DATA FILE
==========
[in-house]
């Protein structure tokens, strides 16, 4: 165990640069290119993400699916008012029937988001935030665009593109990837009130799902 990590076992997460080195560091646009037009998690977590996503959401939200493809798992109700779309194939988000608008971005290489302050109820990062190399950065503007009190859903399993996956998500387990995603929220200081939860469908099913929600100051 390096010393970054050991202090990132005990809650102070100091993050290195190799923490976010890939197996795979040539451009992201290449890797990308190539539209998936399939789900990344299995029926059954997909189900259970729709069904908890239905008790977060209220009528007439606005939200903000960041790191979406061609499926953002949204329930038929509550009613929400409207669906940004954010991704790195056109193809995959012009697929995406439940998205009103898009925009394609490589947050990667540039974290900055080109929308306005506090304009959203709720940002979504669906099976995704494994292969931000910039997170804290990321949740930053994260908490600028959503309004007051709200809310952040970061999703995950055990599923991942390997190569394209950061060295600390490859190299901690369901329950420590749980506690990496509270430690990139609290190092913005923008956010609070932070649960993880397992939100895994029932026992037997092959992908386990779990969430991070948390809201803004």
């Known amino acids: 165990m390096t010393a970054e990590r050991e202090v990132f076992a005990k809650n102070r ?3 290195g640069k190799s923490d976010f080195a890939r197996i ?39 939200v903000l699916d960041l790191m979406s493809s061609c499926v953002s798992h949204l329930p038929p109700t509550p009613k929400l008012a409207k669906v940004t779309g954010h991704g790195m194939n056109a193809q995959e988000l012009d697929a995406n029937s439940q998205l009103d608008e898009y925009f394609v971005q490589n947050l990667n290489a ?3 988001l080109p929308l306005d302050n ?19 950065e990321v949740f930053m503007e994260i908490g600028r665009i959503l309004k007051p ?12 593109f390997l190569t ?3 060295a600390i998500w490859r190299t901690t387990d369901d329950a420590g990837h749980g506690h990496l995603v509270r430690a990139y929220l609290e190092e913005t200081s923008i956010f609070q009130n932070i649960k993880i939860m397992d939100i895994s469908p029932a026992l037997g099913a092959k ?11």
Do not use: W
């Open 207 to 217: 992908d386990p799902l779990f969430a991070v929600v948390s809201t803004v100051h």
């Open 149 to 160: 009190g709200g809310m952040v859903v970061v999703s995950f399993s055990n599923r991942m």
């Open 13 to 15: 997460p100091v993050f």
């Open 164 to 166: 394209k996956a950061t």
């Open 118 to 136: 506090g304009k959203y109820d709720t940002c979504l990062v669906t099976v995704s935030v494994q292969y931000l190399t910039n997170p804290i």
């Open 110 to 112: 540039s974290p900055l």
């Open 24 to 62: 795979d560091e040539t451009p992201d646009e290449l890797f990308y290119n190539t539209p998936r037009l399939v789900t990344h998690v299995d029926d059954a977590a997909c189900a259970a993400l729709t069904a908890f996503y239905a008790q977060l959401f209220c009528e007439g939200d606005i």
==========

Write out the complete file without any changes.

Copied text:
[in-house]
């Protein structure tokens, strides 16, 4: 165990640069290119993400699916008012029937988001935030665009593109990837009130799902 990590076992997460080195560091646009037009998690977590996503959401939200493809798992109700779309194939988000608008971005290489302050109820990062190399950065503007009190859903399993996956998500387990995603929220200081939860469908099913929600100051 390096010393970054050991202090990132005990809650102070100091993050290195190799923490976010890939197996795979040539451009992201290449890797990308190539539209998936399939789900990344299995029926059954997909189900259970729709069904908890239905008790977060209220009528007439606005939200903000960041790191979406061609499926953002949204329930038929509550009613929400409207669906940004954010991704790195056109193809995959012009697929995406439940998205009103898009925009394609490589947050990667540039974290900055080109929308306005506090304009959203709720940002979504669906099976995704494994292969931000910039997170804290990321949740930053994260908490600028959503309004007051709200809310952040970061999703995950055990599923991942390997190569394209950061060295600390490859190299901690369901329950420590749980506690990496509270430690990139609290190092913005923008956010609070932070649960993880397992939100895994029932026992037997092959992908386990779990969430991070948390809201803004």
């Known amino acids: 165990m390096t010393a970054e990590r050991e202090v990132f076992a005990k809650n102070r ?3 290195g640069k190799s923490d976010f080195a890939r197996i ?39 939200v903000l699916d960041l790191m979406s493809s061609c499926v953002s798992h949204l329930p038929p109700t509550p009613k929400l008012a409207k669906v940004t779309g954010h991704g790195m194939n056109a193809q995959e988000l012009d697929a995406n029937s439940q998205l009103d608008e898009y925009f394609v971005q490589n947050l990667n290489a ?3 988001l080109p929308l306005d302050n ?19 950065e990321v949740f930053m503007e994260i908490g600028r665009i959503l309004k007051p ?12 593109f390997l190569t ?3 060295a600390i998500w490859r190299t901690t387990d369901d329950a420590g990837h749980g506690h990496l995603v509270r430690a990139y929220l609290e190092e913005t200081s923008i956010f609070q009130n932070i649960k993880i939860m397992d939100i895994s469908p029932a026992l037997g099913a092959k ?11």
Do not use: W
């Open 207 to 217: 992908d386990p799902l779990f969430a991070v929600v948390s809201t803004v100051h």
């Open 149 to 160: 009190g709200g809310m952040v859903v970061v999703s995950f399993s055990n599923r991942m």
């Open 13 to 15: 997460p100091v993050f």
């Open 164 to 166: 394209k996956a950061t």
């Open 118 to 136: 506090g304009k959203y109820d709720t940002c979504l990062v669906t099976v995704s935030v494994q292969y931000l190399t910039n997170p804290i």
């Open 110 to 112: 540039s974290p900055l």
């Open 24 to 62: 795979d560091e040539t451009p992201d646009e290449l890797f990308y290119n190539t539209p998936r037009l399939v789900t990344h998690v299995d029926d059954a977590a997909c189900a259970a993400l729709t069904a908890f996503y239905a008790q977060l959401f209220c009528e007439g939200d606005i």